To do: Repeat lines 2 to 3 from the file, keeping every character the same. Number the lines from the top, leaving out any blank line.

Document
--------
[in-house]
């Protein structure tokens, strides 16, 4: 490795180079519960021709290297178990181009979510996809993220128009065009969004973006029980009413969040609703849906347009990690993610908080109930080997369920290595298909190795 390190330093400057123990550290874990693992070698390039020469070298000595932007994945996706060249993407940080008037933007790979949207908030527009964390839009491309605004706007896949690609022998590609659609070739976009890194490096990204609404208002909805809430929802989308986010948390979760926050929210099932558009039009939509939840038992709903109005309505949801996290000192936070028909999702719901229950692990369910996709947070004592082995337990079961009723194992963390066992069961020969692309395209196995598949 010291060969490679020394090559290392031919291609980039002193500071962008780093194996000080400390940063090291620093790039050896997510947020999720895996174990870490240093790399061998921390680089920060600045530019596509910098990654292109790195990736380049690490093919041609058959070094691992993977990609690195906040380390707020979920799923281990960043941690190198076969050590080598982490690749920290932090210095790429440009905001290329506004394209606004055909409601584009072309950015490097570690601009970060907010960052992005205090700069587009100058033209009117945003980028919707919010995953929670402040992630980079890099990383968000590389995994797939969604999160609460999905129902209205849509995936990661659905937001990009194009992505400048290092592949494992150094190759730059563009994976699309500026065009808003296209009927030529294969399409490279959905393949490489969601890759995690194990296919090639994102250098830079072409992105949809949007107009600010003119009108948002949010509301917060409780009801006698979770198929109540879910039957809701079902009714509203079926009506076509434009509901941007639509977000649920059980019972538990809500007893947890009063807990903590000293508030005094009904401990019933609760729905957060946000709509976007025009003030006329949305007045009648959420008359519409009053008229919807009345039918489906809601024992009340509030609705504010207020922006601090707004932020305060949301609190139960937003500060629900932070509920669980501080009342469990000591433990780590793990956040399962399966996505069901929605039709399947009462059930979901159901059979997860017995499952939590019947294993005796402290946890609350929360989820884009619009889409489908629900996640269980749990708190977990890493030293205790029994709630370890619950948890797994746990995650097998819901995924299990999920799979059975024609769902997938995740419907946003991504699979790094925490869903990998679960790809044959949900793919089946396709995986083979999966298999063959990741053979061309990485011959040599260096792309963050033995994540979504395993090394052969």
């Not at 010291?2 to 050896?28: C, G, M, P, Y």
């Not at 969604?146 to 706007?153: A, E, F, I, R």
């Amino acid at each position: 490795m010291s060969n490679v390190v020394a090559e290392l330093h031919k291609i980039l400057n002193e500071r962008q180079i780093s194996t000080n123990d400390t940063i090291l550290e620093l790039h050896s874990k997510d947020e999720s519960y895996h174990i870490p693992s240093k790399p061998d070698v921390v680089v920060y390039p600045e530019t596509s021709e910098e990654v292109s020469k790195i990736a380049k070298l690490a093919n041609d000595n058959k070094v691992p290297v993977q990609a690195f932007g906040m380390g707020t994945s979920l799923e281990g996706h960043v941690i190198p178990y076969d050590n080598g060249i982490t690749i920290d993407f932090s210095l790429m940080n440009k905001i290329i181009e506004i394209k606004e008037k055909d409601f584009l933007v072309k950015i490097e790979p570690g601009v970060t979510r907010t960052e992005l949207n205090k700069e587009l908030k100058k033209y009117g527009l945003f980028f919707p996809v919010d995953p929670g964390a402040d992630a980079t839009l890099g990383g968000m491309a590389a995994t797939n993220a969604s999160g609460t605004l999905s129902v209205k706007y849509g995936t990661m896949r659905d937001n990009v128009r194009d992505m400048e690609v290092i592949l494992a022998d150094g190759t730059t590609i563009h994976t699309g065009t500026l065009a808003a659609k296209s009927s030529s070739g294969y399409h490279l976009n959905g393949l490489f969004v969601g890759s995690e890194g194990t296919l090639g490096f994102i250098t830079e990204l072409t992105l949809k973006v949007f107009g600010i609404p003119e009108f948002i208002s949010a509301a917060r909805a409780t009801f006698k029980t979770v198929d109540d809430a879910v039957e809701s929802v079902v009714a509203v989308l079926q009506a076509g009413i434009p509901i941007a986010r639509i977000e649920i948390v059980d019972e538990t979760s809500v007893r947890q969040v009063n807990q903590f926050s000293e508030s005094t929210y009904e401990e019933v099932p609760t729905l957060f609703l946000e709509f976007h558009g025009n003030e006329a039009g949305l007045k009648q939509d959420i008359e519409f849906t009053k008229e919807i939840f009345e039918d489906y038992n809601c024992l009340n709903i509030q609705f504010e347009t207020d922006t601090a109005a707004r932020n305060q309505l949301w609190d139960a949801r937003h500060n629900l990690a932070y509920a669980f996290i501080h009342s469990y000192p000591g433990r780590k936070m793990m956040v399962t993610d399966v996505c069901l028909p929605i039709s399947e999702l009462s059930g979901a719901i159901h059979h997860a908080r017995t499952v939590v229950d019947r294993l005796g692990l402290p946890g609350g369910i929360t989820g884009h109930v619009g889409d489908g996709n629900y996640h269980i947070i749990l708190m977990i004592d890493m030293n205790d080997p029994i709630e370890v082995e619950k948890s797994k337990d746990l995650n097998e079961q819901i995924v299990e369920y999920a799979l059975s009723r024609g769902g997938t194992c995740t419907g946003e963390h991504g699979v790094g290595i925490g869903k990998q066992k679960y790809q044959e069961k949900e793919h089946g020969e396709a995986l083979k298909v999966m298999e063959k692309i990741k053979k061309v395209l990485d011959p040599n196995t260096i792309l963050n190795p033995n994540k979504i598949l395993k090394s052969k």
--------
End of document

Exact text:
């Protein structure tokens, strides 16, 4: 490795180079519960021709290297178990181009979510996809993220128009065009969004973006029980009413969040609703849906347009990690993610908080109930080997369920290595298909190795 390190330093400057123990550290874990693992070698390039020469070298000595932007994945996706060249993407940080008037933007790979949207908030527009964390839009491309605004706007896949690609022998590609659609070739976009890194490096990204609404208002909805809430929802989308986010948390979760926050929210099932558009039009939509939840038992709903109005309505949801996290000192936070028909999702719901229950692990369910996709947070004592082995337990079961009723194992963390066992069961020969692309395209196995598949 010291060969490679020394090559290392031919291609980039002193500071962008780093194996000080400390940063090291620093790039050896997510947020999720895996174990870490240093790399061998921390680089920060600045530019596509910098990654292109790195990736380049690490093919041609058959070094691992993977990609690195906040380390707020979920799923281990960043941690190198076969050590080598982490690749920290932090210095790429440009905001290329506004394209606004055909409601584009072309950015490097570690601009970060907010960052992005205090700069587009100058033209009117945003980028919707919010995953929670402040992630980079890099990383968000590389995994797939969604999160609460999905129902209205849509995936990661659905937001990009194009992505400048290092592949494992150094190759730059563009994976699309500026065009808003296209009927030529294969399409490279959905393949490489969601890759995690194990296919090639994102250098830079072409992105949809949007107009600010003119009108948002949010509301917060409780009801006698979770198929109540879910039957809701079902009714509203079926009506076509434009509901941007639509977000649920059980019972538990809500007893947890009063807990903590000293508030005094009904401990019933609760729905957060946000709509976007025009003030006329949305007045009648959420008359519409009053008229919807009345039918489906809601024992009340509030609705504010207020922006601090707004932020305060949301609190139960937003500060629900932070509920669980501080009342469990000591433990780590793990956040399962399966996505069901929605039709399947009462059930979901159901059979997860017995499952939590019947294993005796402290946890609350929360989820884009619009889409489908629900996640269980749990708190977990890493030293205790029994709630370890619950948890797994746990995650097998819901995924299990999920799979059975024609769902997938995740419907946003991504699979790094925490869903990998679960790809044959949900793919089946396709995986083979999966298999063959990741053979061309990485011959040599260096792309963050033995994540979504395993090394052969």
């Not at 010291?2 to 050896?28: C, G, M, P, Y």